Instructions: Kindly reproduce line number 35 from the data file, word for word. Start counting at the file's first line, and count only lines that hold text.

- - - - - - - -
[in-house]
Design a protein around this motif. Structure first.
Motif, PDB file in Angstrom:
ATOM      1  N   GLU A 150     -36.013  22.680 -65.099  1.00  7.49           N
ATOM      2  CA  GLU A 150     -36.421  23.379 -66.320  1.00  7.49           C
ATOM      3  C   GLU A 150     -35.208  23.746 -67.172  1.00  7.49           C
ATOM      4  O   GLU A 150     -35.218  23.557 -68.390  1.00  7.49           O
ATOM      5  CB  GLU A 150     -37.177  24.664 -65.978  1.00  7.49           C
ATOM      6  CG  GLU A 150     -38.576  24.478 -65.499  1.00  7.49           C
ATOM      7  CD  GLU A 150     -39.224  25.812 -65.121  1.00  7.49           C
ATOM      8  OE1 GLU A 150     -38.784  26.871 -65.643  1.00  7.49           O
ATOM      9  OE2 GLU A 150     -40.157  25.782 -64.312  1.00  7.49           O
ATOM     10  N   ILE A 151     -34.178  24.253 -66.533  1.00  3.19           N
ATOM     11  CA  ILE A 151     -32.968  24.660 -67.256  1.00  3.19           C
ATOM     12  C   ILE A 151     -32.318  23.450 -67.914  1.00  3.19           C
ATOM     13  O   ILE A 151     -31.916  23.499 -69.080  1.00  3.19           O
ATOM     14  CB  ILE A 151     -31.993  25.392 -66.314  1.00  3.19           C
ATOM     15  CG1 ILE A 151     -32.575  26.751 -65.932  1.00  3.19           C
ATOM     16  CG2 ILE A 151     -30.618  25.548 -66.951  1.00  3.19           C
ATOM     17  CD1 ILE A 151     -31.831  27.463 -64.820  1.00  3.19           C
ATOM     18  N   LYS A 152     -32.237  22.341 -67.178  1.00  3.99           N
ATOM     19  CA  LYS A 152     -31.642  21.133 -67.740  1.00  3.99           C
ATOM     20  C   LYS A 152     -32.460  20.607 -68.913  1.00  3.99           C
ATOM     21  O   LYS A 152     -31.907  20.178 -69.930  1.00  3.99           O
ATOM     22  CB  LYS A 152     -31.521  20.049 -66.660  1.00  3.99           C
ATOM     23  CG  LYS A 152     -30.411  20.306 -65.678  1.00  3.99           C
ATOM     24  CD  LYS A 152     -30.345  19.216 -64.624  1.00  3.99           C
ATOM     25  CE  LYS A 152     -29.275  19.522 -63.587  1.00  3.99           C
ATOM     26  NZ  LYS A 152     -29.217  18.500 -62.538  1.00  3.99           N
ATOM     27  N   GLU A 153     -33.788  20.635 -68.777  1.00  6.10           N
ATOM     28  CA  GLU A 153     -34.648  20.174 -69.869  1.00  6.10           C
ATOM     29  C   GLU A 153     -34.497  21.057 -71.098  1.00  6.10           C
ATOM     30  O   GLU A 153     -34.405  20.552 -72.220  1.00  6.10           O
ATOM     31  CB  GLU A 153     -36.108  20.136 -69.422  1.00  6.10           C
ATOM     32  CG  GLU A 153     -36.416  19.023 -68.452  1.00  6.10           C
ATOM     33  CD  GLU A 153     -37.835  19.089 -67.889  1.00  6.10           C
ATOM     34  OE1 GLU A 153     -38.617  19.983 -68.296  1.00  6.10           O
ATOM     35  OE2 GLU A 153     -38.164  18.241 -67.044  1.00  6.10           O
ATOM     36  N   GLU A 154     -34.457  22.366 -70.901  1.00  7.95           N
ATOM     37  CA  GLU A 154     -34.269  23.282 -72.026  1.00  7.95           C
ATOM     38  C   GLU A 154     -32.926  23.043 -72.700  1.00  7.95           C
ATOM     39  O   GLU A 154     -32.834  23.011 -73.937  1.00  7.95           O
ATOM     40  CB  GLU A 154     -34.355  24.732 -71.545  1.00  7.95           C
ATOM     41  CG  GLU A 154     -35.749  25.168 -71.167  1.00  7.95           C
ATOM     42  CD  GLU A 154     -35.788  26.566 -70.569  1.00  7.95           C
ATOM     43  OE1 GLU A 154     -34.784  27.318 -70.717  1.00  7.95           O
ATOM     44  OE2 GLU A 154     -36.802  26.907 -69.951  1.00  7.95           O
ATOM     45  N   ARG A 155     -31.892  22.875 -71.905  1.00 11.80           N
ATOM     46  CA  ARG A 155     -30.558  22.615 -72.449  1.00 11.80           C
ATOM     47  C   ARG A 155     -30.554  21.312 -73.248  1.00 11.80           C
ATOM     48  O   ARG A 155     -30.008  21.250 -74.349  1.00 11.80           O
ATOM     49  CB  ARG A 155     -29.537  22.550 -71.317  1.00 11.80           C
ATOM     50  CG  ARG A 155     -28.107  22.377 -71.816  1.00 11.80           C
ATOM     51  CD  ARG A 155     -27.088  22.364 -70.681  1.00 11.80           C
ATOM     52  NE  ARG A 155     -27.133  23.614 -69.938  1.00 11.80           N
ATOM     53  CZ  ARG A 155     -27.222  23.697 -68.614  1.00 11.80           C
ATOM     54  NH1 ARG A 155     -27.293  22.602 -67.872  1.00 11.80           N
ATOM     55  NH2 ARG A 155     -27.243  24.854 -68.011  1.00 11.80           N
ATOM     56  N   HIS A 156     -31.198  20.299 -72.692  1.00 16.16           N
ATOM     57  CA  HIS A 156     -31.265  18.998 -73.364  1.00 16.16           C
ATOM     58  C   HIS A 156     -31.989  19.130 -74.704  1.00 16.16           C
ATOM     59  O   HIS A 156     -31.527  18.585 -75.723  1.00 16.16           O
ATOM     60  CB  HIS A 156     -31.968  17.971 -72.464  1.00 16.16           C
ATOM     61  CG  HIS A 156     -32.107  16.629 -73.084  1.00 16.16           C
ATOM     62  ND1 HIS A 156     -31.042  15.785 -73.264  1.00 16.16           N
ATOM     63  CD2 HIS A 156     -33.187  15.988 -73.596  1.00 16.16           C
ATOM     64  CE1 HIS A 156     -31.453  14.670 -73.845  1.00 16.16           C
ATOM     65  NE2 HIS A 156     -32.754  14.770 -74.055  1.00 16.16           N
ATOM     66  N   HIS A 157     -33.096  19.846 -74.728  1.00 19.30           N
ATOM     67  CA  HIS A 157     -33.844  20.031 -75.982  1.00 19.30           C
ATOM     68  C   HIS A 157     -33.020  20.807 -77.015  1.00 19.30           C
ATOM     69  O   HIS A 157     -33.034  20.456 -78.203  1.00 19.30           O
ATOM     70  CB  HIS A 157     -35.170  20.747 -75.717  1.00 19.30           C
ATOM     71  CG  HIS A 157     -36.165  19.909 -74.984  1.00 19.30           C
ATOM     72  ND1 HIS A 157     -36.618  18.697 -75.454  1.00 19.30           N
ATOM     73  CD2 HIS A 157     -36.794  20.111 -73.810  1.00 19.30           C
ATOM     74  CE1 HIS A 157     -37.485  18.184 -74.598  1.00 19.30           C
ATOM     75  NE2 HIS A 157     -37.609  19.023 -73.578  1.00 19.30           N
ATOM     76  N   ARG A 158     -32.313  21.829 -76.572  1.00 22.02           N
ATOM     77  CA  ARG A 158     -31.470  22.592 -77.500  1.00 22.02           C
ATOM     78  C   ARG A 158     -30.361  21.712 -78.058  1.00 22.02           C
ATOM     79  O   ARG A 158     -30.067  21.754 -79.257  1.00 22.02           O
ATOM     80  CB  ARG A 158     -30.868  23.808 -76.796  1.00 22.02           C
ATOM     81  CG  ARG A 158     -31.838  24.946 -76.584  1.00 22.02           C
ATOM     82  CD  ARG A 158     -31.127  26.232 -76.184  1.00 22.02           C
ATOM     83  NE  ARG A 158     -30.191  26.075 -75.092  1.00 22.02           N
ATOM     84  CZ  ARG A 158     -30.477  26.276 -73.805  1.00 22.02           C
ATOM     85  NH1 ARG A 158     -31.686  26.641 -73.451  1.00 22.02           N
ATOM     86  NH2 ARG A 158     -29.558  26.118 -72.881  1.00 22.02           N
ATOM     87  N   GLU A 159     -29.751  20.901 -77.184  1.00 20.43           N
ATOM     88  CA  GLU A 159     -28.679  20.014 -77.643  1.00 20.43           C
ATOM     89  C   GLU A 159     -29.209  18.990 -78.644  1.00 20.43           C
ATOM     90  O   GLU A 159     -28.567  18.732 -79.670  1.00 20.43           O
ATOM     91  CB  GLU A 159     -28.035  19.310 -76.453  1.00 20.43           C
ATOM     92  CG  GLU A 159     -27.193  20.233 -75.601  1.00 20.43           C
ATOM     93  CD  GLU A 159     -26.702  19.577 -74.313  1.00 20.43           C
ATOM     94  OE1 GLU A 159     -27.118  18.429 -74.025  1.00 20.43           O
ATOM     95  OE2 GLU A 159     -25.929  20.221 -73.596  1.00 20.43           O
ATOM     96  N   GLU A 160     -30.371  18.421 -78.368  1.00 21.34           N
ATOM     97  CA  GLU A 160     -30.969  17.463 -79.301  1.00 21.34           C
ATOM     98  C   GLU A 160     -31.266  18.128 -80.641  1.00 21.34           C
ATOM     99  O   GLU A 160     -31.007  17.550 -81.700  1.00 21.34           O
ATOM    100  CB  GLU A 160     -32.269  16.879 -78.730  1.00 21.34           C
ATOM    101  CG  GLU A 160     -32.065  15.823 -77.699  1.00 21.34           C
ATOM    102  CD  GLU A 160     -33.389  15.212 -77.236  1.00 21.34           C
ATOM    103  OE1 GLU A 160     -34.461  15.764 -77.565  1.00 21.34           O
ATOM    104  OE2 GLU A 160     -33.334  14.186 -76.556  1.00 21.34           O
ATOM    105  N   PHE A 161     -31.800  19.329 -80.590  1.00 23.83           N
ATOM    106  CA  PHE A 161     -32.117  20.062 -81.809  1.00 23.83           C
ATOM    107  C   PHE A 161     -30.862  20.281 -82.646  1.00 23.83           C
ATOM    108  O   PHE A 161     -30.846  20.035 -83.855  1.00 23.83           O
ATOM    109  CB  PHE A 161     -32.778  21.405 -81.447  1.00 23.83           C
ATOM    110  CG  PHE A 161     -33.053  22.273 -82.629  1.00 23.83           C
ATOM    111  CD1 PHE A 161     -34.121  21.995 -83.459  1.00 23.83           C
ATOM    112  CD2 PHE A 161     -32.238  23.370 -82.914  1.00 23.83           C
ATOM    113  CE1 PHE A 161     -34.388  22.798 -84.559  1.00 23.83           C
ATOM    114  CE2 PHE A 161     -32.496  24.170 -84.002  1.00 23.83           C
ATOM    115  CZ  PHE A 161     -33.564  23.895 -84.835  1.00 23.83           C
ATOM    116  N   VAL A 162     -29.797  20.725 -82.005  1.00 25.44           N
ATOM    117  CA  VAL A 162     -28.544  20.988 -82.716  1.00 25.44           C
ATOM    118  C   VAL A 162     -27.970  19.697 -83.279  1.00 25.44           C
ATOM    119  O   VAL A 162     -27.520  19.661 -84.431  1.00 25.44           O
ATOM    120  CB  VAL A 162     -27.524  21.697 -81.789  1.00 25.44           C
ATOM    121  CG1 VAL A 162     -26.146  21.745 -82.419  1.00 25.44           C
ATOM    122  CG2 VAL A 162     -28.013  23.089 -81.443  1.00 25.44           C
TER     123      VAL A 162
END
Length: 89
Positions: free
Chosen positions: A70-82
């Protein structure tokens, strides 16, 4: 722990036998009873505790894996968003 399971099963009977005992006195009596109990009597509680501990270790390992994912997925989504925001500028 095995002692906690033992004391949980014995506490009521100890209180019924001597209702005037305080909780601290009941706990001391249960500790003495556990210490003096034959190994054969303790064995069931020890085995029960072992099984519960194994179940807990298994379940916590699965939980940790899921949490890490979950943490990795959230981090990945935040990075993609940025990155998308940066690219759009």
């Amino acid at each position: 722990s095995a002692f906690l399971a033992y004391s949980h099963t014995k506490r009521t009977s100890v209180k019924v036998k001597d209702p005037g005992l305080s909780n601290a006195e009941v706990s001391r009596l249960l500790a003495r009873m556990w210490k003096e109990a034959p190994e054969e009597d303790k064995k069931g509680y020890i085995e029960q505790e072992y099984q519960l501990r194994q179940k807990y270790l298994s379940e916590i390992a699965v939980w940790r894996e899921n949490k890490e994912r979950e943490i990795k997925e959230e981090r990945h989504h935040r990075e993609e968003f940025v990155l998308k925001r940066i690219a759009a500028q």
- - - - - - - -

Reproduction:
ATOM     32  CG  GLU A 153     -36.416  19.023 -68.452  1.00  6.10           C